• Join over 1.2 million students every month
  • Accelerate your learning by 29%
  • Unlimited access from just £6.99 per month

How duration affects the rate of electrolysis in a Voltaic Cell

Extracts from this document...

Introduction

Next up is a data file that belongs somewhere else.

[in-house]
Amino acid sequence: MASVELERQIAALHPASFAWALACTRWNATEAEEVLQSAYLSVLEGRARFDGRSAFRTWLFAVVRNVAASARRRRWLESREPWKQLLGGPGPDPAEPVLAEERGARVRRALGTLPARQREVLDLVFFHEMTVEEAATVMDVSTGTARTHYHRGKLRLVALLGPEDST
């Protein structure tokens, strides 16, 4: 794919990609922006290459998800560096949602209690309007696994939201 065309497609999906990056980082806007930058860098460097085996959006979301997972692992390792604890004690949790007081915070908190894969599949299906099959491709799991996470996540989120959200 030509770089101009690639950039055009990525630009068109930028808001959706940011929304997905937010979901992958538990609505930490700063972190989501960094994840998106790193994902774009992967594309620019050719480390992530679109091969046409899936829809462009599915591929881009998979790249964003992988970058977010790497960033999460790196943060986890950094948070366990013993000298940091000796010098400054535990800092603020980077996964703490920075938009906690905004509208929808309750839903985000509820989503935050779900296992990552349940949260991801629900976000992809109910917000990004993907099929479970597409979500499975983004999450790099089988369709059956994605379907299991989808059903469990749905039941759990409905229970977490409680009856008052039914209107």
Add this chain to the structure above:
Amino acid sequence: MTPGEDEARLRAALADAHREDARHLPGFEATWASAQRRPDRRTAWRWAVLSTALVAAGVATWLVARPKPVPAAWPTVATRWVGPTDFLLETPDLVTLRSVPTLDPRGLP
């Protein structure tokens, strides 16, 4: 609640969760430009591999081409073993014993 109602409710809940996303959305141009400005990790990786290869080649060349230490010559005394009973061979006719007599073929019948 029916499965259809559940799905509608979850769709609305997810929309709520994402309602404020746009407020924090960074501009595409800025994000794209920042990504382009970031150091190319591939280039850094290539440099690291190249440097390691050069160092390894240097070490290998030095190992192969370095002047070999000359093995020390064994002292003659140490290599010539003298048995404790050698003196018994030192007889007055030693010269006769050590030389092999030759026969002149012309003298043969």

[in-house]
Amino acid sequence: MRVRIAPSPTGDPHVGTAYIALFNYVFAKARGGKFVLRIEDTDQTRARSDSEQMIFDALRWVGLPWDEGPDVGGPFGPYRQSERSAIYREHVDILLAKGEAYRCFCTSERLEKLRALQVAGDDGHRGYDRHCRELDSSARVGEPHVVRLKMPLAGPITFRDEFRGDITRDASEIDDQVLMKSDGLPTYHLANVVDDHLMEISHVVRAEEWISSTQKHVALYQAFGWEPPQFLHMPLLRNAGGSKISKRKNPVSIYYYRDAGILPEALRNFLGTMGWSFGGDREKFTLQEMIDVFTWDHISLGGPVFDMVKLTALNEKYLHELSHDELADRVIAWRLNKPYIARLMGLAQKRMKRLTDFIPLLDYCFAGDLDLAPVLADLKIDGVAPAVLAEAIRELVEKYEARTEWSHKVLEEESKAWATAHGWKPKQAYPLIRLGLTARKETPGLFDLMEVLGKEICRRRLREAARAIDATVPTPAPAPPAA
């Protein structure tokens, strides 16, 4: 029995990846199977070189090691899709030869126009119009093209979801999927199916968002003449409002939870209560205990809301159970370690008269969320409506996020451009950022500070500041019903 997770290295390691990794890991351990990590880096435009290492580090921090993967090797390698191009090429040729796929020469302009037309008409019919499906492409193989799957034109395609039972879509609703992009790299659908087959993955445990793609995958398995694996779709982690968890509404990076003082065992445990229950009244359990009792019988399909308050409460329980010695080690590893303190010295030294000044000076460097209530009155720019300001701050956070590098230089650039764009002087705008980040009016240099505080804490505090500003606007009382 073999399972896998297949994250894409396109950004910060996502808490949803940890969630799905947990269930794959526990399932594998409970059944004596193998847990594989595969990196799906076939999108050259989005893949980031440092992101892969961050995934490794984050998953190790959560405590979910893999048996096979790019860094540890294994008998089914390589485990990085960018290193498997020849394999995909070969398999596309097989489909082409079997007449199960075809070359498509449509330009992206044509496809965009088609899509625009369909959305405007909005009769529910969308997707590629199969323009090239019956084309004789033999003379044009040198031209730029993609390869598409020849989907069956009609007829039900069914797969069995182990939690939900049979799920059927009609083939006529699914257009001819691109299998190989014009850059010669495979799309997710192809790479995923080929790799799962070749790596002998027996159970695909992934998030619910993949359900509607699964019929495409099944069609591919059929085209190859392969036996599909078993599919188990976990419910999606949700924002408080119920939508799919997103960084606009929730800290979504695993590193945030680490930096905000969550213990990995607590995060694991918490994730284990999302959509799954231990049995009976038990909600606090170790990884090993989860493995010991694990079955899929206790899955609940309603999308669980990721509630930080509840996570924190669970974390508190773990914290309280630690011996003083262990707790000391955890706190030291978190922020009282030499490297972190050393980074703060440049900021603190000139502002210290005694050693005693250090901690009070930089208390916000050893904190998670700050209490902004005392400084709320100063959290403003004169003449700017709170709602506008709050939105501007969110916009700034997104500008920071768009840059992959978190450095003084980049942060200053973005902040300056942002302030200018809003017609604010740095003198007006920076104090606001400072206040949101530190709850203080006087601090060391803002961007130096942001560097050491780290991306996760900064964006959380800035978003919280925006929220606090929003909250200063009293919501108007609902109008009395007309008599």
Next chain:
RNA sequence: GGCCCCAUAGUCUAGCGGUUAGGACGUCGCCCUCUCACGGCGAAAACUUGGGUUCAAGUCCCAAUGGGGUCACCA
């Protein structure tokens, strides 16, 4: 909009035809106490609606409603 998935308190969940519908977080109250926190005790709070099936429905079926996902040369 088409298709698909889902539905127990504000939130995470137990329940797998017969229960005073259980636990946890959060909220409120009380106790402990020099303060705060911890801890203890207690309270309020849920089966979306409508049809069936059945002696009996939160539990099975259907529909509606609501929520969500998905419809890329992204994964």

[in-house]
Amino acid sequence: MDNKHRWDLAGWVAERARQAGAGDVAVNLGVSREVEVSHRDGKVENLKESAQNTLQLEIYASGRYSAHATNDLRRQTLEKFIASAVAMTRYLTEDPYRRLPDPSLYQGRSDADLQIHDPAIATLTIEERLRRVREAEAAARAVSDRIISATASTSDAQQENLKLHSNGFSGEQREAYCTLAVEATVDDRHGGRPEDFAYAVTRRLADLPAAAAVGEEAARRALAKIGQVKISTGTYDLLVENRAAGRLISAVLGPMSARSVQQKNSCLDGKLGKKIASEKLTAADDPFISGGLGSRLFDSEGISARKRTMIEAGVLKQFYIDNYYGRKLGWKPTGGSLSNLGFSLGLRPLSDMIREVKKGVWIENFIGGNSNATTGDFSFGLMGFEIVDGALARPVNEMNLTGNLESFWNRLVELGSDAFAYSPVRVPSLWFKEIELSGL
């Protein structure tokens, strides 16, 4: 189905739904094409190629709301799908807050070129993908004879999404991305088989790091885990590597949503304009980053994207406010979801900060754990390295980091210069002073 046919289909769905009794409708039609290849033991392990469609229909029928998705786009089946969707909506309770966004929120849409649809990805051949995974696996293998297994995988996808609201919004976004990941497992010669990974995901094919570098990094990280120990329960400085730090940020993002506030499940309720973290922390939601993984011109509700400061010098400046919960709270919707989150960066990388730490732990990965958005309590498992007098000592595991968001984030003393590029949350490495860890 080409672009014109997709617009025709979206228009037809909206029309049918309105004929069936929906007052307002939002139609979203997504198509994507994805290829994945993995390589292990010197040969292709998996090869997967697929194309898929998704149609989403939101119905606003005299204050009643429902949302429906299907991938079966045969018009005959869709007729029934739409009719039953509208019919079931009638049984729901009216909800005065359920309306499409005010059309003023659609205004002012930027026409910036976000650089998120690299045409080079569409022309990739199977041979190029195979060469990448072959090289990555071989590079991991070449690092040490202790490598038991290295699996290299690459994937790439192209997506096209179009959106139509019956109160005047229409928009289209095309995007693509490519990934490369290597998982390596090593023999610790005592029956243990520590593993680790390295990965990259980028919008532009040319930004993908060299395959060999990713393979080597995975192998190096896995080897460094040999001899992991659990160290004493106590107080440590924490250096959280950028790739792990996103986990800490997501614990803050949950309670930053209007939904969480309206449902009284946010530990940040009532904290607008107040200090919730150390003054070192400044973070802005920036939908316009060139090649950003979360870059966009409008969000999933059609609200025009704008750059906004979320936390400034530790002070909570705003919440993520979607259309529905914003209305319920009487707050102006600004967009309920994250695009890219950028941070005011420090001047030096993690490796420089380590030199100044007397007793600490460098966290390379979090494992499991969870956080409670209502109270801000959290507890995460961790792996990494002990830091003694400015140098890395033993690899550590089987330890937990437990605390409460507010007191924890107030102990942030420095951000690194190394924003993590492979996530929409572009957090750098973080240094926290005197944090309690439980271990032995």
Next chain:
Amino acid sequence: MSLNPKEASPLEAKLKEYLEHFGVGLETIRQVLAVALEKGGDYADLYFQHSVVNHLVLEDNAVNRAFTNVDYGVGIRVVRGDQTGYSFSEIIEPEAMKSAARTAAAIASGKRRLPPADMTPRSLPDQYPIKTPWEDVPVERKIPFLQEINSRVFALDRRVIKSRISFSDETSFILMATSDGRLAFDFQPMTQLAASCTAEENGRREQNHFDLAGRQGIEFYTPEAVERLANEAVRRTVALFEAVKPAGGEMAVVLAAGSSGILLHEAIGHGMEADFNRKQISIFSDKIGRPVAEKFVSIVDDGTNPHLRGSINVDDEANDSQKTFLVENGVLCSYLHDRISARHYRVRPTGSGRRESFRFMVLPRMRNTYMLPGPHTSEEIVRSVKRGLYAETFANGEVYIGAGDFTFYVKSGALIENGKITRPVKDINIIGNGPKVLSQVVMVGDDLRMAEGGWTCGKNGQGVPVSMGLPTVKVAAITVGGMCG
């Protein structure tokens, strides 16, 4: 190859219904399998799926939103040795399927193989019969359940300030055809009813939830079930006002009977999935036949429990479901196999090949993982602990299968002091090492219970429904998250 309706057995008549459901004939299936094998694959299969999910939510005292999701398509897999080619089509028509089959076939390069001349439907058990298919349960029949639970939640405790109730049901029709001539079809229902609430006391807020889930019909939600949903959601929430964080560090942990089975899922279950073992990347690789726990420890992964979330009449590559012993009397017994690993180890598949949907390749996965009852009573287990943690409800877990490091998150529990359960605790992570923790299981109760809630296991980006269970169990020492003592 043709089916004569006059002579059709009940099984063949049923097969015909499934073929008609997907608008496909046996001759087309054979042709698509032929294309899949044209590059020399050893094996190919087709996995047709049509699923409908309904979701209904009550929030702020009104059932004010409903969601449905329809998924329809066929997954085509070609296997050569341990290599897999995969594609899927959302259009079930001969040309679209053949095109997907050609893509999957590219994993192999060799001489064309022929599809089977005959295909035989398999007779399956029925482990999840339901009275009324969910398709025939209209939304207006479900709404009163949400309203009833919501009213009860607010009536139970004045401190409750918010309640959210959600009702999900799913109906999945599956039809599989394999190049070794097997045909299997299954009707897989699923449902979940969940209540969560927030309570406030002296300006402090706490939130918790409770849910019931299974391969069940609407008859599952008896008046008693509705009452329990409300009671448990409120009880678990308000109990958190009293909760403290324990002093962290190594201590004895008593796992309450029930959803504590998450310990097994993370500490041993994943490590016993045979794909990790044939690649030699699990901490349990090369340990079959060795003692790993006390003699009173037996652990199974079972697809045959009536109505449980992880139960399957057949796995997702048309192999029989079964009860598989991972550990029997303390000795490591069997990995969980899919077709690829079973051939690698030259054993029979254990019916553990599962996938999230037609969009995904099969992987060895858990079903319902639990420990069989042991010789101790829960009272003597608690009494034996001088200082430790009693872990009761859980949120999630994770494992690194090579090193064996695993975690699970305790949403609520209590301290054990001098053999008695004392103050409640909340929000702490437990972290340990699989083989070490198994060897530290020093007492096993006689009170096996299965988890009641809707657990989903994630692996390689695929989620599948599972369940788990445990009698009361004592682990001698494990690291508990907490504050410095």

Redox Design and Experiment Design and Conduct an experiment to investigate the effect of ONE FACTOR on redox reactions. Introduction:- The two main components of redox reactions are reduction and oxidation. Reduction is a gain in electrons and the decrease in oxidation number whereas oxidation is the loss of electrons and the increase in oxidation number. Voltaic cells, also known as galvanic cells generate their own electricity. The redox reaction in a Voltaic cell is a spontaneous reaction. For this reason, voltaic cells are commonly used as batteries. Voltaic cell reactions supply energy which is used to perform work. The energy is harnessed by situating the oxidation and reduction reactions in separate containers, joined by an apparatus (known as the salt bridge which primarily completes a circuit and maintains electrical neutrality) that allows electrons to flow. The functions of a voltaic cell are quite simple. There happens to be an anode and a cathode. The positive ions go the negative electrode (anode) whereas the negative ions go to the positive electrode (cathode). Electrons always flow from the anode (where oxidation takes place) to the cathode (where reduction takes place). Electrons flow across wires whereas ions flow across the electrolyte and the salt bridge. Aim:- The objective of this experiment is to see how the time affects the mass of the zinc electrode (anode) and the copper electrode (cathode) in a voltaic cell. Variables:- Variable Type of variable How it will be controlled Time (s) Independent (The one you change) ...read more.